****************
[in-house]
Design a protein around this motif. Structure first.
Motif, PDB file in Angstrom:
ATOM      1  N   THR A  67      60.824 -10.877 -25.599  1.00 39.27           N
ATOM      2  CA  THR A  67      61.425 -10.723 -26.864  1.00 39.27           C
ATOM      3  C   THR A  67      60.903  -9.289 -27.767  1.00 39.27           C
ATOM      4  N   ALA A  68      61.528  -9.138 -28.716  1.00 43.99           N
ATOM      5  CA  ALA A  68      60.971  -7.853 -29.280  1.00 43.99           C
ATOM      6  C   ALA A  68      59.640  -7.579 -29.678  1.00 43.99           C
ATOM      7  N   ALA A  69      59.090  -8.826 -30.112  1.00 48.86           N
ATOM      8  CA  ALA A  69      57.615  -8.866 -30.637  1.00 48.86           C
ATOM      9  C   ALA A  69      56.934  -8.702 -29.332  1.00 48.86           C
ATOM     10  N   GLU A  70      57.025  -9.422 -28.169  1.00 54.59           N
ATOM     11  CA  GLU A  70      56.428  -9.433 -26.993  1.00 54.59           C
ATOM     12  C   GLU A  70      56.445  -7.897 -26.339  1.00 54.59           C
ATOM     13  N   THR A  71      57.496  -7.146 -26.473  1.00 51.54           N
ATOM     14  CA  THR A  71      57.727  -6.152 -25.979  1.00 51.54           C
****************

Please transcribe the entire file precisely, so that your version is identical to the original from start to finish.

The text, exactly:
[in-house]
Design a protein around this motif. Structure first.
Motif, PDB file in Angstrom:
ATOM      1  N   THR A  67      60.824 -10.877 -25.599  1.00 39.27           N
ATOM      2  CA  THR A  67      61.425 -10.723 -26.864  1.00 39.27           C
ATOM      3  C   THR A  67      60.903  -9.289 -27.767  1.00 39.27           C
ATOM      4  N   ALA A  68      61.528  -9.138 -28.716  1.00 43.99           N
ATOM      5  CA  ALA A  68      60.971  -7.853 -29.280  1.00 43.99           C
ATOM      6  C   ALA A  68      59.640  -7.579 -29.678  1.00 43.99           C
ATOM      7  N   ALA A  69      59.090  -8.826 -30.112  1.00 48.86           N
ATOM      8  CA  ALA A  69      57.615  -8.866 -30.637  1.00 48.86           C
ATOM      9  C   ALA A  69      56.934  -8.702 -29.332  1.00 48.86           C
ATOM     10  N   GLU A  70      57.025  -9.422 -28.169  1.00 54.59           N
ATOM     11  CA  GLU A  70      56.428  -9.433 -26.993  1.00 54.59           C
ATOM     12  C   GLU A  70      56.445  -7.897 -26.339  1.00 54.59           C
ATOM     13  N   THR A  71      57.496  -7.146 -26.473  1.00 51.54           N
ATOM     14  CA  THR A  71      57.727  -6.152 -25.979  1.00 51.54           C